As we have discussed in various posts, a termination from employment in Ontario can occur in one of two ways; (i) a termination without cause; and (ii) a termination for just cause. As we have noted here, the threshold to establish a termination for cause is very high and the test for establishing just cause was discussed as length by the Supreme Court of Canada in McKinley v. BC Tel 2001 SCC. As noted in McKinley, a contextual interpretation to the employees alleged misconduct is considered in determining whether the employer had just cause for termination, rather that considering the sole instance of alleged misconduct in a vacuum. At paragraph 33:

The courts do not consider an act of misconduct, in and of itself, to be grounds for dismissal without notice, unless it is so grievous that it gives rise to the inference that the employee intends no longer to be bound by the contract of service. There is no definition which sets out, precisely, what conduct, or  misconduct, justifies dismissal without notice, and rightly so.  Each case must be determined on its own facts. . . .

Thus, according to this reasoning, an employee’s misconduct does not inherently justify dismissal without notice unless it is “so grievous” that it intimates the employee’s abandonment of the intention to remain part of the employment relationship. In drawing this conclusion, the Nova Scotia Court of Appeal relied on the following passage in The Law of Dismissal in Canada (2nd ed. 1992), at p. 124:

What constitutes just cause in a specific situation is particularly difficult to enumerate because it depends not only on the category and possible consequences of the misconduct, but also on both the nature of the employment and the status of the employee . . . .

The existence of misconduct sufficient to justify cause cannot be looked at in isolation. Whether misconduct constitutes just cause has to be analyzed in the circumstances of each case.  Misconduct must be more serious in order to justify the termination of a more senior, longer‑service employee who has made contributions to the company.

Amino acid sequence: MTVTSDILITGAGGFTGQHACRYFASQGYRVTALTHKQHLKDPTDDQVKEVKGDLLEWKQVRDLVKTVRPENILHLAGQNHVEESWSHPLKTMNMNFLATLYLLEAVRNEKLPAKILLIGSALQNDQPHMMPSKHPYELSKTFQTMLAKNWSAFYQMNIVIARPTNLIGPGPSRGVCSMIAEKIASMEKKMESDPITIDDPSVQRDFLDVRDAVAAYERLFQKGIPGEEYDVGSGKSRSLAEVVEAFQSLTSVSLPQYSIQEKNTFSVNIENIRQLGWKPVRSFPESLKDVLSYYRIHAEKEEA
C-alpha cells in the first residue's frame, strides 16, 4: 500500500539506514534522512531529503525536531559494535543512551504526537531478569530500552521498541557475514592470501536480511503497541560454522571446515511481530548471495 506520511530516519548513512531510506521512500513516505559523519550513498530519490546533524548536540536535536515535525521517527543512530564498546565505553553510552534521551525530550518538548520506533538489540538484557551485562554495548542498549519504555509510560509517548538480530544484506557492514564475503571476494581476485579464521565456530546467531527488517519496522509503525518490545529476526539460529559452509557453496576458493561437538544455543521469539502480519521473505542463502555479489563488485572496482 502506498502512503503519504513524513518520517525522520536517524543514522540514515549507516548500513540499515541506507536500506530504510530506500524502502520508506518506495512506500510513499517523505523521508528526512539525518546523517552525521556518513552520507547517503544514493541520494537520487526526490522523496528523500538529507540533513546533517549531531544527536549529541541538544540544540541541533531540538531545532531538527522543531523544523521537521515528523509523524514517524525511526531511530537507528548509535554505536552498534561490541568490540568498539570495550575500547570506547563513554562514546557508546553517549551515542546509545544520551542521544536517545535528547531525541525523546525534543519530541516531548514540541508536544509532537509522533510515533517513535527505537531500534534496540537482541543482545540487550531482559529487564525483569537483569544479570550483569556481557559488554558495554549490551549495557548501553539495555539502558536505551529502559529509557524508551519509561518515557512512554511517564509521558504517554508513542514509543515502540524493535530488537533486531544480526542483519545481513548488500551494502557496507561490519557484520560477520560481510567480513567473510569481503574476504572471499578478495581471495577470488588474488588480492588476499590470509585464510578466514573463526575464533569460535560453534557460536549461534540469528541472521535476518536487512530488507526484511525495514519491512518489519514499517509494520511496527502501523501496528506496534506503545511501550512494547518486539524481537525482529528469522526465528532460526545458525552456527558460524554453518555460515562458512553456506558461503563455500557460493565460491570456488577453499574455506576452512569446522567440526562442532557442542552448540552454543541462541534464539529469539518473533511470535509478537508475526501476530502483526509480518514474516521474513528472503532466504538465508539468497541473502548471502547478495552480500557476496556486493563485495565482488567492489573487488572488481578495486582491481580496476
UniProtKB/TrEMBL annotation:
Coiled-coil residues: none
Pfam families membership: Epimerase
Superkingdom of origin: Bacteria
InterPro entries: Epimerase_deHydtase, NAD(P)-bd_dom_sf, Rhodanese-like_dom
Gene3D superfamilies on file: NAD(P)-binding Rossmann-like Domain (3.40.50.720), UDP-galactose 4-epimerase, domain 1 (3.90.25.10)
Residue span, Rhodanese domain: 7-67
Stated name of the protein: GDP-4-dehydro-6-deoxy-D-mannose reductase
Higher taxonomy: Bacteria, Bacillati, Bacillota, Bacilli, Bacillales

The last point is the most relevant for the purposes of this discussion. Longer service more senior employees who have a demonstrable history of strong performance and dedication with a company will have more latitude when it comes to alleged misconduct. In other words, it is harder to establish just cause for terminating the employment of a senior executive that a short-term entry-level employee.

Where a senior executive is terminated from their employment without cause, the typical factors as enunciated originally in Bardal v. Globe & Mail Ltd., 1960 CanLII 294 (ON SC) continue to apply; including (i) the age of terminated employee, with employees of more advanced age typically entitled to more severance pay given the challenges for older workers to obtain new jobs; (ii) the years of service with the company, with longer service employees being entitled to more severance on average; (iii) the specialization of the job and the corresponding time it is anticipated for the employee to obtain a new job, with more specialized employees likely to have more difficulty obtain comparable employment, thereby entitling them to enhanced notice periods; among other factors.